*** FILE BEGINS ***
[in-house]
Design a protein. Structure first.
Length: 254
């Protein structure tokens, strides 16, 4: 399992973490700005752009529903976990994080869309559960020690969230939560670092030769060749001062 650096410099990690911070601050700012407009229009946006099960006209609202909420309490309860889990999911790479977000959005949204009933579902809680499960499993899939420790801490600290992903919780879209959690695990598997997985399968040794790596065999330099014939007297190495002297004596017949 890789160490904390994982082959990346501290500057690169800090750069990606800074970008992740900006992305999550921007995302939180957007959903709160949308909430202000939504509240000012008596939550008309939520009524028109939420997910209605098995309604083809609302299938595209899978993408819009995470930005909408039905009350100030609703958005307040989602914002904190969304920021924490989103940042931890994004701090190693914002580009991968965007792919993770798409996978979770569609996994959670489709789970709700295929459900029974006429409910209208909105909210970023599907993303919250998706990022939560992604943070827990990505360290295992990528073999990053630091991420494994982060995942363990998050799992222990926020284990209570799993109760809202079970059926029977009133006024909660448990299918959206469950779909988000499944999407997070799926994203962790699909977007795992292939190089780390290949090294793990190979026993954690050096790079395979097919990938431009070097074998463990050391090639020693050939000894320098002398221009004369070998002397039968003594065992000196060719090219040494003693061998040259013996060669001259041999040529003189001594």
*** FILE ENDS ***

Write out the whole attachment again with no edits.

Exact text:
[in-house]
Design a protein. Structure first.
Length: 254
């Protein structure tokens, strides 16, 4: 399992973490700005752009529903976990994080869309559960020690969230939560670092030769060749001062 650096410099990690911070601050700012407009229009946006099960006209609202909420309490309860889990999911790479977000959005949204009933579902809680499960499993899939420790801490600290992903919780879209959690695990598997997985399968040794790596065999330099014939007297190495002297004596017949 890789160490904390994982082959990346501290500057690169800090750069990606800074970008992740900006992305999550921007995302939180957007959903709160949308909430202000939504509240000012008596939550008309939520009524028109939420997910209605098995309604083809609302299938595209899978993408819009995470930005909408039905009350100030609703958005307040989602914002904190969304920021924490989103940042931890994004701090190693914002580009991968965007792919993770798409996978979770569609996994959670489709789970709700295929459900029974006429409910209208909105909210970023599907993303919250998706990022939560992604943070827990990505360290295992990528073999990053630091991420494994982060995942363990998050799992222990926020284990209570799993109760809202079970059926029977009133006024909660448990299918959206469950779909988000499944999407997070799926994203962790699909977007795992292939190089780390290949090294793990190979026993954690050096790079395979097919990938431009070097074998463990050391090639020693050939000894320098002398221009004369070998002397039968003594065992000196060719090219040494003693061998040259013996060669001259041999040529003189001594």